This project was actually a re-do version from my first attempt at this mirror from several years ago. These pictures show the original piano key sunburst mirror - you can see it's larger and has more keys attached than the one recently recorded.
Also notice that there are no side pieces included on this one - I thought including these on the latest project would be a nice addition and make it feel more complete.
For the original mirror, I used Gorilla Glue - the kind that is the expanding foam. It worked great; the keys have held on for many years and there is no indication of them coming loose. However, for this newer version, I wanted something that wouldn't include the extra oozy mess on the sides of the keys knowing that I wanted to include those previously mentioned side pieces. That is why I chose epoxy for this version. More thoughts on the epoxy to follow.
This project can be done fairly inexpensively as long as you have access to a supply of old piano parts. I was lucky enough to ransack a piano store that was going out of business, and the owner literally said, "take what you want, what you can, because they are going in the dumpster on Friday". He let me tear down about six or seven upright pianos all of which had significant wear and tear from years of use, and I was able to gather a very large collection of piano keys, a few parts, plus two full grand piano manuals. I have quite a few ideas for these in the coming months, but for now the recreation of the original piano key mirror seemed like a good use of keys.
So, before we go any further, here's the truth: the mirror broke.
Probably not from what you suspect, but the mirror did indeed crack at the final stage. At the very conclusion of the build portion of the video, I attached a hardboard disc on the back to conceal the cuts of the keys and side pieces. The force of the staple going into the hardboard caused flex in the keys, therefore causing the mirror to flex and crack. Devastated being so close to completion. Fortunately, there was enough room on the front of the mirror to glue another mirror right on top. And that's what I did. A little construction adhesive did the job just fine. Mistake covered, and we breathe.
In the spirit of teaching and learning, here are my suggestions for you on how to complete this project for yourself:
1. Mount the mirror on a piece of hardboard or plywood. Use this backer piece as the surface attachment for the keys and side pieces. Wood glue will hold these pieces perfectly and will be further reinforced if you attach another backer piece on the back side for wall mounting. And, after all of the pieces are cut, glued, and adhered solidly to this backer piece, then glue your mirror on from the front. Construction adhesive works well. Even if you don't include the side pieces or back piece, the rigidity of the backer piece is good insurance for the mirror.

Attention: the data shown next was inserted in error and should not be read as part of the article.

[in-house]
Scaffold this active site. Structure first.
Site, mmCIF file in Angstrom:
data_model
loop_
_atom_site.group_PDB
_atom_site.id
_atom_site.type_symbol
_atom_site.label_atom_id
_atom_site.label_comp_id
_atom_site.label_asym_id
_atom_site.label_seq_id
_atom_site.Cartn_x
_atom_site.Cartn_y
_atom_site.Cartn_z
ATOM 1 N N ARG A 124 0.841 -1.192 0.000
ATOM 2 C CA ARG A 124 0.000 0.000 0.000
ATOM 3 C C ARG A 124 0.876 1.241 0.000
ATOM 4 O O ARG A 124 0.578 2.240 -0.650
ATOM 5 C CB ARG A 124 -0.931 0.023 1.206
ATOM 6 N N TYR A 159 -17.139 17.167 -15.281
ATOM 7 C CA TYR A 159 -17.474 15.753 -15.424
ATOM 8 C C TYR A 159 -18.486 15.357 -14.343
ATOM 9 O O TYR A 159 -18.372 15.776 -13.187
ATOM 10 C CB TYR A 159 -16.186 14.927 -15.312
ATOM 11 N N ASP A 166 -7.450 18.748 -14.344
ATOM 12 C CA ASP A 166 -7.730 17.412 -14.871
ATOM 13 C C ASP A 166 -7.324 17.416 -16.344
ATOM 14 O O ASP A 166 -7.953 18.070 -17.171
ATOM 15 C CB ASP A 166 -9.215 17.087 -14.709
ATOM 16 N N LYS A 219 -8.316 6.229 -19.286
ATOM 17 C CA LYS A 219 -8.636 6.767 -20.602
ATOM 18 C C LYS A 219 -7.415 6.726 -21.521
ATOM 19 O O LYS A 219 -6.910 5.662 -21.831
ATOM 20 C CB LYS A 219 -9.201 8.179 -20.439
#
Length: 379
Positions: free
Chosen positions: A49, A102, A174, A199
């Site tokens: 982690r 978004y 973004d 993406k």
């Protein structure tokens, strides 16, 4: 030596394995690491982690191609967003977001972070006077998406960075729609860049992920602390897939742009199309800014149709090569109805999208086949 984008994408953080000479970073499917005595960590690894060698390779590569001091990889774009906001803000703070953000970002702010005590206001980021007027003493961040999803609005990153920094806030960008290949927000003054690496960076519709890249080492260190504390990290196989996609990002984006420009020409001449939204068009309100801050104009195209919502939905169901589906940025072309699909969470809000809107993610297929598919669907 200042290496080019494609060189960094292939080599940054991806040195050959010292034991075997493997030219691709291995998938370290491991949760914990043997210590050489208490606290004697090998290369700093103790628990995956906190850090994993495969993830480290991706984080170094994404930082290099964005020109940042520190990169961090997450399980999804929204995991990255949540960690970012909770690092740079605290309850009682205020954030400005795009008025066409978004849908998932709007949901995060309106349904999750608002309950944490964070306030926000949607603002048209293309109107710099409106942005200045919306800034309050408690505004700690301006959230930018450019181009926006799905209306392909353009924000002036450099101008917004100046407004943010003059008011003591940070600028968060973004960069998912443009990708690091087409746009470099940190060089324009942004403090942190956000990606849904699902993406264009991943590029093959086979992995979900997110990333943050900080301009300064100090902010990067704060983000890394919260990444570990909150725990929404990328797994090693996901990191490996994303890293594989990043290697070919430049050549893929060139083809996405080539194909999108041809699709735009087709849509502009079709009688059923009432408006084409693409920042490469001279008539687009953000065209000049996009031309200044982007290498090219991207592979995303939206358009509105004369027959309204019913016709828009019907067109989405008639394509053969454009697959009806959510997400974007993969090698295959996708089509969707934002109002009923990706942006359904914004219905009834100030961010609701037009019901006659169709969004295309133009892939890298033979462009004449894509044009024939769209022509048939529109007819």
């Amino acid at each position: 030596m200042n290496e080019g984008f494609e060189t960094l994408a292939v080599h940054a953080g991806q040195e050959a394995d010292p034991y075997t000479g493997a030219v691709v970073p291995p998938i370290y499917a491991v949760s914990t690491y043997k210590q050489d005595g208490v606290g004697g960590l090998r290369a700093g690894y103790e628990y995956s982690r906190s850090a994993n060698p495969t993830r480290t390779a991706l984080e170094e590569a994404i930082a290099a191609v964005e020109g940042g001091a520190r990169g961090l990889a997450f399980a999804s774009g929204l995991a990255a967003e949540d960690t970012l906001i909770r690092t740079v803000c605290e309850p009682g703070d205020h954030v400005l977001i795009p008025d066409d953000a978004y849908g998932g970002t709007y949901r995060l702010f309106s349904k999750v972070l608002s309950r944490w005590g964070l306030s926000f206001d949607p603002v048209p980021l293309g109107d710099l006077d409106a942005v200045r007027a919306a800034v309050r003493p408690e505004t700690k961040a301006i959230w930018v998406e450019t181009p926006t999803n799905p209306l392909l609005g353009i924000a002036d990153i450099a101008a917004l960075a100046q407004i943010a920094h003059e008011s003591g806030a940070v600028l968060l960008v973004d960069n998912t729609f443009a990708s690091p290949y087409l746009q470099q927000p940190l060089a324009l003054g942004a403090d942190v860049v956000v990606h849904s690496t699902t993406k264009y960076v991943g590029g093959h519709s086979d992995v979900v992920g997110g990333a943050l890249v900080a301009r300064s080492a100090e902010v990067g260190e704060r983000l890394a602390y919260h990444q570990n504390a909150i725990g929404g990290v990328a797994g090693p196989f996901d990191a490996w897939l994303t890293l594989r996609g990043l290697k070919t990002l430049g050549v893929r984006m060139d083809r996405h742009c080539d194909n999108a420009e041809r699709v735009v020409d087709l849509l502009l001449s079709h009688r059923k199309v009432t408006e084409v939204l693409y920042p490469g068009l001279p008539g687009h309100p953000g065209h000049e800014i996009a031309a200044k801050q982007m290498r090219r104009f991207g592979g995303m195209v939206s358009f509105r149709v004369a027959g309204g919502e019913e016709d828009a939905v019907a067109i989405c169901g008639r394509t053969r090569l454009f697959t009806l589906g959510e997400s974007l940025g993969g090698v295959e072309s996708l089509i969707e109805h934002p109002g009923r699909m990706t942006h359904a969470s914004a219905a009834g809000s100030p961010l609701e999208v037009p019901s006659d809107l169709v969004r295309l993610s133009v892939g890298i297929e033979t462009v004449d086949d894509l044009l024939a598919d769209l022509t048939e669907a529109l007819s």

2. I used a Loctite epoxy on this project (you can see the product at 2:58 in the video), and I wasn't totally happy with the holding strength. Some of the side pieces came loose after moving the mirror around for a couple of days probably because of the smooth surface of the mirror backing, so I would shop around for another type of adhesive. Again, if you use a wooden backer piece to attach your pieces, wood glue would be ideal. Or, the foam-type Gorilla glue has definitely held up well over the years.
3. Piano keys have different designs on how they move the felt hammers inside the piano. These particular keys had a metal rod with a wooden piece attached at the end, and those in turn activate the felt hammers to strike the strings. If you have those striker pieces on your keys, and you want to include them on your final project, I would advise hammering them into the side pieces FIRST, then attach the entire side piece to the backer at one time. It was much easier to hammer those in place when the side piece was free rather than attached to the mirror. These aren't necessary; you can definitely create this project without this smaller pieces.
4. And for the plethora of piano keys I found: reach out to local businesses to see if you can salvage parts or pieces. I found the 'store closing' post for the piano store on Craigslist and contacted the owner. I was hoping for some parts and pieces from pianos, like the metal pedals or pins used for tightening strings, and got way more than I anticipated. Don't be upset if owners say no. But it's always worth a call or visit to see if it's possible.
Hopefully this gives you some insight on how to create one of these for yourself. Please like, comment and subscribe to the YouTube channel and share the video with your friends. What would you do different on this? Every little like and share helps keep me in the shop.